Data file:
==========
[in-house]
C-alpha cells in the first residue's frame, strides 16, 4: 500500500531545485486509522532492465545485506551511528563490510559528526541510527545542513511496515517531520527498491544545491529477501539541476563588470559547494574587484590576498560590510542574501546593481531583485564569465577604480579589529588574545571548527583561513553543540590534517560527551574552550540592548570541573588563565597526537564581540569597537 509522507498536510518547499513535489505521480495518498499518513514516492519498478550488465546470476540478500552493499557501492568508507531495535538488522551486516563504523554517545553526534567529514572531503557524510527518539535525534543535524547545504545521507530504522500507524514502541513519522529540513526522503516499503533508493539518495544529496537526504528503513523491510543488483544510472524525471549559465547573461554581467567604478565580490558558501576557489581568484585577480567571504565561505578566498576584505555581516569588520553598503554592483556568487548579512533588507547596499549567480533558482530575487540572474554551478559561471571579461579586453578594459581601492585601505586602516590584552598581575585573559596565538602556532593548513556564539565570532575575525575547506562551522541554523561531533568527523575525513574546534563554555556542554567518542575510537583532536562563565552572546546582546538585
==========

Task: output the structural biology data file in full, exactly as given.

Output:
[in-house]
C-alpha cells in the first residue's frame, strides 16, 4: 500500500531545485486509522532492465545485506551511528563490510559528526541510527545542513511496515517531520527498491544545491529477501539541476563588470559547494574587484590576498560590510542574501546593481531583485564569465577604480579589529588574545571548527583561513553543540590534517560527551574552550540592548570541573588563565597526537564581540569597537 509522507498536510518547499513535489505521480495518498499518513514516492519498478550488465546470476540478500552493499557501492568508507531495535538488522551486516563504523554517545553526534567529514572531503557524510527518539535525534543535524547545504545521507530504522500507524514502541513519522529540513526522503516499503533508493539518495544529496537526504528503513523491510543488483544510472524525471549559465547573461554581467567604478565580490558558501576557489581568484585577480567571504565561505578566498576584505555581516569588520553598503554592483556568487548579512533588507547596499549567480533558482530575487540572474554551478559561471571579461579586453578594459581601492585601505586602516590584552598581575585573559596565538602556532593548513556564539565570532575575525575547506562551522541554523561531533568527523575525513574546534563554555556542554567518542575510537583532536562563565552572546546582546538585